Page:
1 - Poor Floor Preparation
Insufficient or inadequate floor preparation is the number 1 reason by a long way for epoxy floor failures and/or poor floor appearance. Often, when installing an epoxy garage floor coating for the first time, people fail to understand how significant the correct preparation of the concrete is. Correct floor preparation involves so much more than simply making sure it is clean. One of the reasons for this is that epoxy floor paint will not adhere to an overly smooth surface (i.e. powerfloated).
So, in addition to the requirement that the garage floor must be free of all oils, waxes, and other contaminants, the “concrete pores” on the surface of the concrete need to be properly opened up. This step frequently involves acid etching at the very least minimum, using products such as Clean n Etch. Mechanical grinding the concrete in preparation for the application of epoxy is even more effective, but this isn’t always a practical option for the typical homeowner.
The most commonly occurring problem resulting from poor floor preparation is peeling or “delamination” of the epoxy floor paint.
Fisheyes are another problem – these surface problems result in a circle in the finish which resembling a fisheye, hence the name. Fisheyes are created by contaminants in the floor, such as grease or oil. This causes the epoxy floor paint to pull away from the concrete while curing is taking place.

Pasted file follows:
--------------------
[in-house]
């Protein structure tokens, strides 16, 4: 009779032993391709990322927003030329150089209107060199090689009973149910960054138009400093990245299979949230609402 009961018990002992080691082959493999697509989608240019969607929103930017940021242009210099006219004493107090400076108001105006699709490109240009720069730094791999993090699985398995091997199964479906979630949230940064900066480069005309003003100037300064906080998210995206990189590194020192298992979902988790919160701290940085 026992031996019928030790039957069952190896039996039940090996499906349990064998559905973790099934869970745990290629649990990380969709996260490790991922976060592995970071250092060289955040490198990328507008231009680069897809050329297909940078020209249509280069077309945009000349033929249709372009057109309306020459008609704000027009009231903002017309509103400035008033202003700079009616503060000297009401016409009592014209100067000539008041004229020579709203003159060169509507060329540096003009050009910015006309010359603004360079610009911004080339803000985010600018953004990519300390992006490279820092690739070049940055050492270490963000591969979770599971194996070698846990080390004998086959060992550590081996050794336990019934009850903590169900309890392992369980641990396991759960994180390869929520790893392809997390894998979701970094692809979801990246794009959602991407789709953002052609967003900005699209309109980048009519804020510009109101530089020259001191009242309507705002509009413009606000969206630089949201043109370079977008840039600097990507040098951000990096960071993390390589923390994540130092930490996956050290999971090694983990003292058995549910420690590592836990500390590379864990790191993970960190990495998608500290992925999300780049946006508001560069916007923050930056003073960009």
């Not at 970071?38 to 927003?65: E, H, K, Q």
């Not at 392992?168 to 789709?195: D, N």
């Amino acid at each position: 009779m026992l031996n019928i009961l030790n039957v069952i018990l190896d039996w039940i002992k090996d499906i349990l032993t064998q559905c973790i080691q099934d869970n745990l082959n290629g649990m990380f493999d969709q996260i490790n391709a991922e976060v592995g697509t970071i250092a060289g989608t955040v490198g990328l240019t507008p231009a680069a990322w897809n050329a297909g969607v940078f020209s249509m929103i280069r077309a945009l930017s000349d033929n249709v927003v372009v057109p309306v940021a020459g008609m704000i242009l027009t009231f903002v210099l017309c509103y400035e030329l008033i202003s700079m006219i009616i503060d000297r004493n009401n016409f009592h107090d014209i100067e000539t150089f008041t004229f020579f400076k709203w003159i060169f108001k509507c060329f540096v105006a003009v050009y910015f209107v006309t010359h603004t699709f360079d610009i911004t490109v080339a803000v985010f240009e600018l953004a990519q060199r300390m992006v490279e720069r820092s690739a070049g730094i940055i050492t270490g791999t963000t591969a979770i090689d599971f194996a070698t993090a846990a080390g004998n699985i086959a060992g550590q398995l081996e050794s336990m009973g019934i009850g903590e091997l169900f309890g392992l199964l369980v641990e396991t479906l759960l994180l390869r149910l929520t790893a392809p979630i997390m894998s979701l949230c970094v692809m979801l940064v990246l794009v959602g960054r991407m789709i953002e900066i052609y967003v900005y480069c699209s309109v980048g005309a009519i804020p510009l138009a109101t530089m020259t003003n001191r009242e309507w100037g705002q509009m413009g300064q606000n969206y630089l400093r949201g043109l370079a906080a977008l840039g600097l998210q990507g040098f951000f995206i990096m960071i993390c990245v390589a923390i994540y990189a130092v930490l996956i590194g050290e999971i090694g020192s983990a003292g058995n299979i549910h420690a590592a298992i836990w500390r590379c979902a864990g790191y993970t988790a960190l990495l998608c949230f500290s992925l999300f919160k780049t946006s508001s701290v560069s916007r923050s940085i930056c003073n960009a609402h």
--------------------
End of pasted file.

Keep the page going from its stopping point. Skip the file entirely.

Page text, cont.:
Despite what many people assume, a new garage floor actually requires the same amount of preparation as one that is 10 or 15 years old.
2 - Moisture in the Concrete
This common mistake usually happens as a consequence of not allowing concrete to dry sufficiently after acid etching. Dependant on the humidity and temperature, you should allow for a minimum of 24 hours and sometimes longer in order for the concrete to properly dry. If you don’t do this, the moisture that remains trapped in the concrete pores will rise to the surface and then create bubbles, spoiling the garage floor finish.
You may want to set about applying epoxy floor paint when the concrete floor is not fully dry. Whilst it is true that some water based epoxies and primers allow for application to concrete that may still be damp, please contact us for advice on which products would be most suitable in these circumstances.
Not carrying out a moisture test is another common mistake. It is possible that moisture under the slab can result in hydrostatic pressure. This problem will actually cause the epoxy to separate from the surface. This can sometimes lead to pieces of concrete coming up with it. In order to avoid this problem by doing a simple moisture test first to determine if your floor is suitable for applying epoxy floor paint.
3 - Stretching out the Epoxy
Trying to reduce the costs of a job by stretching out the epoxy when you are running low will result in areas with a far less glossy surface with a clear difference in color appearance, as well as a weaker coating, so DON’T DO IT!
As an example, you may have purchased a kit that has a stated coverage rate of 300-400sf². If you have a 400sf² garage floor, you may well run short of epoxy floor paint. The reason for this is that a properly prepared floor is porous – it will absorb some of the coating an you will therefore run short (and perhaps be tempted to try stretching out the epoxy).